Following 3 weeks fisetin or vehicle treatment, the mice were decapitated and the lumbar enlargements (approximately 1 cm) of their spinal cords were rapidly dissected out and collected. The contents of monoamines (NA, serotonin and dopamine) and their metabolites (5-HIAA and DOPAC) were measured using high-performance liquid chromatography (HPLC) with electrochemical detection (for details see Zhao et al.17). The MAO activity was assessed according to our previously established protocol (for details see Zhen et al.11).

Statistical Analysis

All values are presented as the mean ± S.E.M. Data were analyzed by multifactor analysis of variance (ANOVA) or one-way ANOVA. For multifactor-ANOVA, for example, the surgery (sham or CCI) and the treatment (vehicle or drug administration) were done as between-group factors. When needed, the time of measurement (time-course data) was done as a within-subject factor. The Duncan test was used for post hoc comparisons. For one-way ANOVA, Student-Newman-Keuls test was used for multiple comparisons, followed by Student's test to evaluate the difference between two groups at the same time. Differences with p < 0.05 were considered statistically significant.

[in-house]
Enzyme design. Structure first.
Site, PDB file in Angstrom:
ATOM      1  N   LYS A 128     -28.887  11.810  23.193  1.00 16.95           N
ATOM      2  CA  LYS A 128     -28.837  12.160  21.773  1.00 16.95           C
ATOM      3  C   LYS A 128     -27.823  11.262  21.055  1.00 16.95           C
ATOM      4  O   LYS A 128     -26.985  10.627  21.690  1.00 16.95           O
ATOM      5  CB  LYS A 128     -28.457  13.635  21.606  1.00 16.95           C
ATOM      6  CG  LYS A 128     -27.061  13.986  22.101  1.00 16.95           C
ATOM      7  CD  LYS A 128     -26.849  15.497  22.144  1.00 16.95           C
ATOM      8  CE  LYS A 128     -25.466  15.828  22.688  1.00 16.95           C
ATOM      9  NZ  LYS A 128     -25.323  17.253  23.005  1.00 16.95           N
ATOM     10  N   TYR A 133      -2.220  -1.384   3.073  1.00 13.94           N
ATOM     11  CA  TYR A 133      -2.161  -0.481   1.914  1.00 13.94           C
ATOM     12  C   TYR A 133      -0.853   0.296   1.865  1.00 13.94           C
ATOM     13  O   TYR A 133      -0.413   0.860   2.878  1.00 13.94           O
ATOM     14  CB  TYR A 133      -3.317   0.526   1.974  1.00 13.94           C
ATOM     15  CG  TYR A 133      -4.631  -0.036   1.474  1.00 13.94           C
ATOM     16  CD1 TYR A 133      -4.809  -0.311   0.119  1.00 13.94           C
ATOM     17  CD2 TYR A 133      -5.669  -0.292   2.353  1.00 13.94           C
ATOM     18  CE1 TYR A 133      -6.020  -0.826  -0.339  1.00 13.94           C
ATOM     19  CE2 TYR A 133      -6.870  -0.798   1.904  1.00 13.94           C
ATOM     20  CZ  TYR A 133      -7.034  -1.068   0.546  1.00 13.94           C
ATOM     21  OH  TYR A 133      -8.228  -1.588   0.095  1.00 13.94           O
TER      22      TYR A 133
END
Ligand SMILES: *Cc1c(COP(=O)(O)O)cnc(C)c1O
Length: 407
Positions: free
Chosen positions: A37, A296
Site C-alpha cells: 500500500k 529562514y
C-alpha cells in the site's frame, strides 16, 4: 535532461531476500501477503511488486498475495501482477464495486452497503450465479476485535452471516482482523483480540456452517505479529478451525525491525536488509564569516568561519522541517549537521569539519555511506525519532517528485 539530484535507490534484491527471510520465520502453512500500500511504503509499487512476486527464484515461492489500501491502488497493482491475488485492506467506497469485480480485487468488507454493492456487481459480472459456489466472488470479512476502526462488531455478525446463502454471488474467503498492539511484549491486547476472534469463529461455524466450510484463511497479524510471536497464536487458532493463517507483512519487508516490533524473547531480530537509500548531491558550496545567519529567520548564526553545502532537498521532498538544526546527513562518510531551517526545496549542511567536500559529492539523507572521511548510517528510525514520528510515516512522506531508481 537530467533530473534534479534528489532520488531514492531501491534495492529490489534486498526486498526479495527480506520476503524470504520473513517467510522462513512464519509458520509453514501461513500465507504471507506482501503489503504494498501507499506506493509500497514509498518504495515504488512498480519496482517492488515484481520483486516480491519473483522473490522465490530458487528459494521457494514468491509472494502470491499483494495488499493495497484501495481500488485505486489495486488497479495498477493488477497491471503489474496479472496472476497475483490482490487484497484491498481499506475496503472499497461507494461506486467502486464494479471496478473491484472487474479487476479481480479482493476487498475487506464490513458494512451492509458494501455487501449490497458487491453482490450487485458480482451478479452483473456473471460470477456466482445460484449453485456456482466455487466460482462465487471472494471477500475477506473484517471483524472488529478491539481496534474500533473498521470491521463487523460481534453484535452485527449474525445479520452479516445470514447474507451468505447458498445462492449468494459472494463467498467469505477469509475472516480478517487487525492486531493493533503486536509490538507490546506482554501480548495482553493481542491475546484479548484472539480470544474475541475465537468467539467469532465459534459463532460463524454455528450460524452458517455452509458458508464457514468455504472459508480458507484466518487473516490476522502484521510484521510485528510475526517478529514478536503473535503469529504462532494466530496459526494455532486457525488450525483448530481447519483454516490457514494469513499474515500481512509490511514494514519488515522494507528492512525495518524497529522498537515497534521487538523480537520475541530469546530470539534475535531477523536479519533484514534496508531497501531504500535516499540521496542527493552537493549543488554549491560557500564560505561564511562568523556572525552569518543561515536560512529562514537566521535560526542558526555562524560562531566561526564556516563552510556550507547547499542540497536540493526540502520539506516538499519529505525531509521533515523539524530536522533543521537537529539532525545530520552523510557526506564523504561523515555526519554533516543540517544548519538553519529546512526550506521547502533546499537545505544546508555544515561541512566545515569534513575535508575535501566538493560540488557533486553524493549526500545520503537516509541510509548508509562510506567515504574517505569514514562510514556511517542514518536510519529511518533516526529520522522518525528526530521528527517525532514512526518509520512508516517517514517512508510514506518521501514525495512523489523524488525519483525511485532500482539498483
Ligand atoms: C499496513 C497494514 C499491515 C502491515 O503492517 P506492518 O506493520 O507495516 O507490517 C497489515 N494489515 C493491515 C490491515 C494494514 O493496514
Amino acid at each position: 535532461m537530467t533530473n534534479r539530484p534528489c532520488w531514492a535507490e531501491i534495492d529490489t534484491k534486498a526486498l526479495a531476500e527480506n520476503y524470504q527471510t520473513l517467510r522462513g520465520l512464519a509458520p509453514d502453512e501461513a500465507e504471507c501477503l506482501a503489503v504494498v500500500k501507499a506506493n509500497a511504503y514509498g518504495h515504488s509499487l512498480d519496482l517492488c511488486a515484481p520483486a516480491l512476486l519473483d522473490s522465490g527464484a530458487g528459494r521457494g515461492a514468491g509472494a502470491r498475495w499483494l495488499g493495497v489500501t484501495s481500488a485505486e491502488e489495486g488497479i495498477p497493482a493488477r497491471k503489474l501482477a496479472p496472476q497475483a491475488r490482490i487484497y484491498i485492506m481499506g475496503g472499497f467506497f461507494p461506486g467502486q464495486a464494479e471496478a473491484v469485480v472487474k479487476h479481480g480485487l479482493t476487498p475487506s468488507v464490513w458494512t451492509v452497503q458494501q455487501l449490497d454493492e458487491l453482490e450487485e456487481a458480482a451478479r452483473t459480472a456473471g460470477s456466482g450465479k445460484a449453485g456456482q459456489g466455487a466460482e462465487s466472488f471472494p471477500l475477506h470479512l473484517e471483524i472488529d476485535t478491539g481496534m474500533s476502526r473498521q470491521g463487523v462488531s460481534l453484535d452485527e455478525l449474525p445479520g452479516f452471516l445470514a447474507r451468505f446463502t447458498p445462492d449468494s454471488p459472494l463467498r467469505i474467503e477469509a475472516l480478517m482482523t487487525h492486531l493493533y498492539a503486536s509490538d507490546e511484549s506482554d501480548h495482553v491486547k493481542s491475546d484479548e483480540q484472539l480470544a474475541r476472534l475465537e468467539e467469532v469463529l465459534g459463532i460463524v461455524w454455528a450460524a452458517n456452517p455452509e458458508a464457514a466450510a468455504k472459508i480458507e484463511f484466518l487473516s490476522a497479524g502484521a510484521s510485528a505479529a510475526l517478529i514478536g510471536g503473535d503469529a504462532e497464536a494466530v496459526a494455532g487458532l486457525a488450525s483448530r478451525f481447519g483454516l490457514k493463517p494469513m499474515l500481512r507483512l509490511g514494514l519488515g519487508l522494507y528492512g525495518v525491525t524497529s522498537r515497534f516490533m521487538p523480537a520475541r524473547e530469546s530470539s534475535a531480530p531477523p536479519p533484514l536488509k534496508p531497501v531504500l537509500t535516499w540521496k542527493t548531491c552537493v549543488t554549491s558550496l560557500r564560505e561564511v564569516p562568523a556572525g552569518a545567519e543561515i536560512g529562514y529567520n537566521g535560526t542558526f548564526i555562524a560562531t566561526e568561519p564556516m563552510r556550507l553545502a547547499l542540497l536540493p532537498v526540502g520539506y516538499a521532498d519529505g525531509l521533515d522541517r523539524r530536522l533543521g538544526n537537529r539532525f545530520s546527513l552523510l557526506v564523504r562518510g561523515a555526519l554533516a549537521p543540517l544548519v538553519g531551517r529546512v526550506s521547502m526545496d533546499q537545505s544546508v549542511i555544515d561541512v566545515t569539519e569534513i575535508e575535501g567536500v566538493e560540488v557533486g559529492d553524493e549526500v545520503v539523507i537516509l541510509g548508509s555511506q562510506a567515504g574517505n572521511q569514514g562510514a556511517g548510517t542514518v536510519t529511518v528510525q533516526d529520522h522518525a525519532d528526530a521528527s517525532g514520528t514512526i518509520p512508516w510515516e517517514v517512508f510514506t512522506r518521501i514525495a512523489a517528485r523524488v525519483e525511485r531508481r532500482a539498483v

Results

Chronic fisetin treatment ameliorated neuropathic hyperalgesia to thermal (heat) stimuli in mice with mononeuropathy

The neuropathy induced by peripheral nerve injury (CCI) produced in mice ipsolateral (but not contralateral paw, data not shown) thermal hyperalgesia and mechanical allodynia, which were persistent and maintained throughout the experiment (Fig. 2A and B). In contrast, the nocifensive indices to mechanical and thermal stimuli were not altered by sham-surgery operation.

Figure 2
figure2

Effects of chronic fisetin (Fis) treatment on mechanical allodynia and thermal hyperalgesia in neuropathic (CCI) mice.

The fisetin treatment started 15 days following CCI or sham surgery. (A) Chronic fisetin treatment (45 mg/kg, p.o., twice per day for 21 days) corrected thermal hyperalgesia in neuropathic mice (left panel for time-course) and this antihyperalgesia was dose-dependent (5, 15 and 45 mg/kg, right panel corresponding to values determined on day 36), without affecting the measures in sham-operated mice. (B) Chronic fisetin treatment (5, 15 and 45 mg/kg, p.o.) did not affect the mechanical sensitivity in von Frey test regardless of sham-operated or CCI-injured mice. (A) and (B) Left panel: open circles represent sham + vehicle group; solid circles represent sham + Fis group; open triangles represent CCI + vehicle group; solid triangles represent CCI + Fis group. Data are expressed as mean ± SEM (n = 9–12 per group), evaluated by multifactor ANOVA followed by Duncan test and one-way ANOVA followed by Student-Newman-Keuls test.